Euthanasia drug shortage elsewhere worries local vets : LUSENET : Grassroots Information Coordination Center (GICC) : One Thread

Euthanasia drug shortage elsewhere worries local vets

Monday, April 10, 2000


The Flint area so far has escaped an emerging shortage in an animal euthanasia drug that is triggering panic elsewhere.

But if the manufacturer of sodium pentobarbitol does not resume production soon, said some area officials, a crisis could arise locally.

"Without (sodium pentobarbitol), I'm lost," said Jeffrey B. Pinkston, a Swartz Creek veterinarian. "... Without it, we're all at a loss. We don't know what to do."

Pinkston said other drugs could euthanize animals humanely, but he and many other veterinarians have no experience with them.

Alternatives might require a two-step procedure of anesthesia followed by injection, he said, and might pose a danger to handlers.

Shelters and veterinarians rely almost exclusively on pentobarbitol to euthanize animals because of its low cost, speed, effectiveness at low dosage, safe handling characteristics and reliability in sparing animal suffering.

Except for the Shiawassee County Animal Shelter, which practices asphyxiation with carbon dioxide gas chambers but plans to switch to injections, area shelters put animals to sleep with a shot of pentobarbitol, a powerful tranquilizer.

But Ganes Chemical Works of Pennsfield, N.J., the only manufacturer of the raw chemical for animal use, curtailed production in December because inspections by the federal Food and Drug Administration in 1998 and 1999 revealed flaws in sterility safeguards on the production line.

Production eventually ended altogether - a step Ganes described as necessary to achieve permanent compliance with federal guidelines, company Vice President Michael Pavlak said.

Pavlak said he expects Ganes to resume shipments by early May. That could be too late for customers of Vortech.

Veterinary facilities nationwide now are reporting dwindling supplies and have begun contemplating a return to carbon monoxide gas chambers, a method many consider inhumane.

"There is none (of the drug) to be had," said Dayna Foster, Warren County (Va.) Humane Society director.

She said she called drug distributors as far away as California.

"I have one bottle (of pentobarbitol) left" and no intention of using carbon monoxide when that runs out," she said, adding that the gas chamber is "very slow."

"I do perform euthanasia here, but the only way I could do it and sleep at night is the lethal injection."

Dearborn-based Vortech Pharmaceuticals, which produces most of the nation's pentobarbitol-based euthanasia solution, began rationing its drug, Fatal Plus, in December, said President John A. MacNeil.

Vortech, which MacNeil said produces 80 percent of the nation's pentobarbitol drug supply and 90 percent of Michigan's, is down to a two-week supply, he said.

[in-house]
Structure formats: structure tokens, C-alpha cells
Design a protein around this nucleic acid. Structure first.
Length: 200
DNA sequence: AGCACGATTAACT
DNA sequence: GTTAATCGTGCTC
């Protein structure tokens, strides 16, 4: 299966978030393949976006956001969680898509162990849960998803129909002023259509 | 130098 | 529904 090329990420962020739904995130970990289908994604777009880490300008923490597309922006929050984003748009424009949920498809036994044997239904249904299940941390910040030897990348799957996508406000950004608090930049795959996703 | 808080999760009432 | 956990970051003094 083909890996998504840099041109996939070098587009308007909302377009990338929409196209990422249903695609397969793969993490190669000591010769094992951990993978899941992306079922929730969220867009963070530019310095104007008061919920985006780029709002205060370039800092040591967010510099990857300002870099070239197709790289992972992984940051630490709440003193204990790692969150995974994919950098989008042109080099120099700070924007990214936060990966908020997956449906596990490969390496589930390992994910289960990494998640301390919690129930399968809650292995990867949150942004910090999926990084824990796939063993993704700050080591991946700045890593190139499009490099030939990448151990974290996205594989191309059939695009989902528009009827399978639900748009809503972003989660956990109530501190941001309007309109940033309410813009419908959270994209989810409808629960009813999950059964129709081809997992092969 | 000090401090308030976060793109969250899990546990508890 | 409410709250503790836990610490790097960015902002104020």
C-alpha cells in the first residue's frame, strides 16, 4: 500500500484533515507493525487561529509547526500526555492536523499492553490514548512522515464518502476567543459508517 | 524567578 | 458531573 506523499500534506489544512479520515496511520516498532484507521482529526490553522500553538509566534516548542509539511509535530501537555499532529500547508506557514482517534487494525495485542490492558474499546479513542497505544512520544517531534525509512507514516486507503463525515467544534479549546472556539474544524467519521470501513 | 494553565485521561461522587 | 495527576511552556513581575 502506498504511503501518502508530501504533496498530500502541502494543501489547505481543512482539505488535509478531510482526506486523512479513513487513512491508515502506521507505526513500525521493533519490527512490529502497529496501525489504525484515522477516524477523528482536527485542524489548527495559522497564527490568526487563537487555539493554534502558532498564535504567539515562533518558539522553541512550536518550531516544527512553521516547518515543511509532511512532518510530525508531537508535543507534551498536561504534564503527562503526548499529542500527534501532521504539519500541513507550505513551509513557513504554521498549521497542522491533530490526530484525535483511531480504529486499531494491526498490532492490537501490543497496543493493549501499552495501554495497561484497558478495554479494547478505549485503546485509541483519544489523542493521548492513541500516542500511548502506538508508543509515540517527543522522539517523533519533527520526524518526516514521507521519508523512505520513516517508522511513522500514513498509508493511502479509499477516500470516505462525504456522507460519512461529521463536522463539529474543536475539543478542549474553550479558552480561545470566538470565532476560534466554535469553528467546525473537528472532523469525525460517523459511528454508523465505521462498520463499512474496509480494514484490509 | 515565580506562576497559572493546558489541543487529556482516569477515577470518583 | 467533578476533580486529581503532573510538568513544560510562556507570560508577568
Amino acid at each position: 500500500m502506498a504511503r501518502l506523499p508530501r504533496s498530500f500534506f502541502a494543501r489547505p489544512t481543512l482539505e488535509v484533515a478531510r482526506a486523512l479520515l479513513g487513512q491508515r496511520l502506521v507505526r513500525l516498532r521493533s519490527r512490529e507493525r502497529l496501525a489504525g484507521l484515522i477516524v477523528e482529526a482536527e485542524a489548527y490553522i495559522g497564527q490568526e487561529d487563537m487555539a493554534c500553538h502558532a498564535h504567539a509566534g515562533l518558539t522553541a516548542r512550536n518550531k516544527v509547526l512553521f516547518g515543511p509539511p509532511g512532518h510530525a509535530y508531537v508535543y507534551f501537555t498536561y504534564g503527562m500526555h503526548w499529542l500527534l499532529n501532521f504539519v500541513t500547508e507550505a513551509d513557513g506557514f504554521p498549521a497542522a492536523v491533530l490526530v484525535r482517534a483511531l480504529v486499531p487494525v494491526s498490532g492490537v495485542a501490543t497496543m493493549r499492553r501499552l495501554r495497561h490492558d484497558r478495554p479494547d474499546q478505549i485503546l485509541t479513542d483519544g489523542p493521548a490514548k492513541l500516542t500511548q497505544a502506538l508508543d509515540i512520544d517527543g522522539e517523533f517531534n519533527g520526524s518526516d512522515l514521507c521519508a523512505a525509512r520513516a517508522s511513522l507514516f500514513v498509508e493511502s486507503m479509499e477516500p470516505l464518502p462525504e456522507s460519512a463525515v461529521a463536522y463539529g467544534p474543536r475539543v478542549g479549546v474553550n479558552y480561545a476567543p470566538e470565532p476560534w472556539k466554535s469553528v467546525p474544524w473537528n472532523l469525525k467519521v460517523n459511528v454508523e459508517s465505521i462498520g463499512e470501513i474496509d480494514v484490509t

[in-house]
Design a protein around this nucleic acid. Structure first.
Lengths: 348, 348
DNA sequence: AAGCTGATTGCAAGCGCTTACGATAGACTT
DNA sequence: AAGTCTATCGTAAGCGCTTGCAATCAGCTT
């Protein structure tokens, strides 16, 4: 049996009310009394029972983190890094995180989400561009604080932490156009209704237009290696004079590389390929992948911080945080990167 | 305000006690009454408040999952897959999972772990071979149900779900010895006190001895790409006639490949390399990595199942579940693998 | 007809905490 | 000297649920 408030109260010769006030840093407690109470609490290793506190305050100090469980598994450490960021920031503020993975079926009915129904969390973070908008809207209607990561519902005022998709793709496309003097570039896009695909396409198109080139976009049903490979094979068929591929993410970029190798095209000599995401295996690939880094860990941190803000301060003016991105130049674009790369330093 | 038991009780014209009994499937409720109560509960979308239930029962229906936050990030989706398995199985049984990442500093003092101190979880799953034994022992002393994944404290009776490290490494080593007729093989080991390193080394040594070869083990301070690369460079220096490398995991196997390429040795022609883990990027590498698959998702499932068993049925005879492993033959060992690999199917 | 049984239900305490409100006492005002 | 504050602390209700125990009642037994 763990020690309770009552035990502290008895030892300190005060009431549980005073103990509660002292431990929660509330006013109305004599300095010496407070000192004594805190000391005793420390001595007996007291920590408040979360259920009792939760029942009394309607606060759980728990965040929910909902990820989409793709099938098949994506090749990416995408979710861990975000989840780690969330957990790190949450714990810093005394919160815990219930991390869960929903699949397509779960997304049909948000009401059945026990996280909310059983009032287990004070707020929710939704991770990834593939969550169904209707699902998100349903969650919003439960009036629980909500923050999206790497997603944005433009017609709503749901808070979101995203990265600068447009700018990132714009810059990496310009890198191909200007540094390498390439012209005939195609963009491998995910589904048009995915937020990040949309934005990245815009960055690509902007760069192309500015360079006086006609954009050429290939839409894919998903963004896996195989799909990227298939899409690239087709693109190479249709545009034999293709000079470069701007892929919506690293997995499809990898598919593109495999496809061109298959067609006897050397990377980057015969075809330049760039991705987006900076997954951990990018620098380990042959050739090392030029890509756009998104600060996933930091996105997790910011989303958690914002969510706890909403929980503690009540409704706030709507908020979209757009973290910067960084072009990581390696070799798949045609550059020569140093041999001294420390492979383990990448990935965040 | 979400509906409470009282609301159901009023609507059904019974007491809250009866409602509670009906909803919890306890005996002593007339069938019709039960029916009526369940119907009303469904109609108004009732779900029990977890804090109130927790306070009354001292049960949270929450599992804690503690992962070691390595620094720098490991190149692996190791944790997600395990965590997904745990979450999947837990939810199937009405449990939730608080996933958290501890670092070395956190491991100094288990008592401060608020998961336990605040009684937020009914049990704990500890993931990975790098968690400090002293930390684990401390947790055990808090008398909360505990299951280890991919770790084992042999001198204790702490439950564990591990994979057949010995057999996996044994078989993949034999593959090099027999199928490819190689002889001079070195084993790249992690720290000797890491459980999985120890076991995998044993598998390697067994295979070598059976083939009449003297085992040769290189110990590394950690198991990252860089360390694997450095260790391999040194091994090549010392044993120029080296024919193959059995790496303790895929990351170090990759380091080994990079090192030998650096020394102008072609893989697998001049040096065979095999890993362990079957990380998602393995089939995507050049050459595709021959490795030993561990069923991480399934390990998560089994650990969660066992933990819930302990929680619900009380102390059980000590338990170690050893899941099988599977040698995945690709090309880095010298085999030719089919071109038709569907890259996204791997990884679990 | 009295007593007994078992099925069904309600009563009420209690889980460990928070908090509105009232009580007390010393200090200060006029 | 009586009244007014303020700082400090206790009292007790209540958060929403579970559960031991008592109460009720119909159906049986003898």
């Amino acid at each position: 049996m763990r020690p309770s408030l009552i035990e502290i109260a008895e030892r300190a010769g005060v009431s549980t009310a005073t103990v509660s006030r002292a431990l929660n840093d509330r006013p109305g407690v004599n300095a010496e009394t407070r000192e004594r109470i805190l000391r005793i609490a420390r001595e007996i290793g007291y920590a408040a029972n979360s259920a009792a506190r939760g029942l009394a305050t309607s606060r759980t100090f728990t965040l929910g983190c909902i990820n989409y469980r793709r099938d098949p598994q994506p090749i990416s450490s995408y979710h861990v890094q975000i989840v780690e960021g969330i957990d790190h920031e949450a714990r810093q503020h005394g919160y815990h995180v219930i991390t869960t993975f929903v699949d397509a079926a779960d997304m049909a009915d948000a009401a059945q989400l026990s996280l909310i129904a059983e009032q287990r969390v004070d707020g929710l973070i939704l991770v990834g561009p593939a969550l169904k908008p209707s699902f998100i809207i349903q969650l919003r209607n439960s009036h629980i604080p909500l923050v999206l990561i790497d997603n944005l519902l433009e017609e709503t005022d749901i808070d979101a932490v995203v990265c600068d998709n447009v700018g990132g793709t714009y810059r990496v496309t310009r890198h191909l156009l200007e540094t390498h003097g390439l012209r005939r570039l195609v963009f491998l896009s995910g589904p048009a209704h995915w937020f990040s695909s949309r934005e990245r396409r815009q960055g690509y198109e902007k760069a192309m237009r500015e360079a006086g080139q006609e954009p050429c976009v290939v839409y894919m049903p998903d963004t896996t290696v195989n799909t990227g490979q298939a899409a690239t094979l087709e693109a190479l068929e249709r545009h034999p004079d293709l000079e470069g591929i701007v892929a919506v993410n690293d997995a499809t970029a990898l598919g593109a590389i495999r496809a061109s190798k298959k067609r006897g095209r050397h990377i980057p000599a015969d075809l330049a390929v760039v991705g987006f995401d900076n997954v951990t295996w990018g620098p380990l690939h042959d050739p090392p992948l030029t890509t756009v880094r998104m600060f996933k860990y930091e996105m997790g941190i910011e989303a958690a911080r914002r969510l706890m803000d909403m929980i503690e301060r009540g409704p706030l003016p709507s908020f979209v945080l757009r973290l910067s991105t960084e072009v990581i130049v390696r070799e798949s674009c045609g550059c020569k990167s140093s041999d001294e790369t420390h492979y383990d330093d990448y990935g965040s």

MacNeil, who said he developed the pentobarbitol-based solution 30 years ago after watching a pet dog suffer during euthanasia with another drug, said he is negotiating with federal officials for a temporary emergency supply. If those officials don't relent, he said, "it's going to be absolute chaos."

If they do, he said, "we'll have to work around the clock to get the raw material produced." Vortech is restricting sales to regular customers, MacNeil said.

Area animal shelter managers said they were unaware of the problem.

"It would be horrible if there were really a shortage," said Bradley M. Billings, manager of the Humane Society of Genesee County. "The sick and injured, they would have to suffer. If you can't put them down, what can you do?"

He said his facility has about one month's supply of Fatal Plus. Should that run out, he said, the shelter's animal population would probably reach capacity in a day to two. The shelter, which places 4,000 to 6,000 pets in new homes each year, euthanizes about 4,000 animals annually.

The Genesee County Animal Shelter, which finds owners for about 1,000 animals a year and euthanizes another 9,000, has a two- to three-month supply of Fatal Plus, Director Lloyd C. Gerhardt said.

Lapeer County Animal Control Director Walter L. Rodabaugh said he has several months of Fatal Plus. His shelter typically euthanizes 1,400 animals a year.

The Shiawassee Humane Society, which normally euthanizes 150 to 200 of its 800 animals, has enough of the chemical to last years, Manager Sandra L. Wright said.

Several area veterinarians said they have enough Fatal Plus or competing brands to last weeks or months and would have to research alternatives if those run dry.

John Snyder, Humane Society of the United States program director, estimated that up to 3,500 animal shelters could be affected by the drug shortfall. He said up to 6 million pets are euthanized in U.S. shelters annually.

Jerry Ernst covers Shiawassee County. He can be reached at (517) 725-3112 or (810) 766-6197. Information from The Associated Press was included in this report.

-- Carl Jenkins (, April 10, 2000

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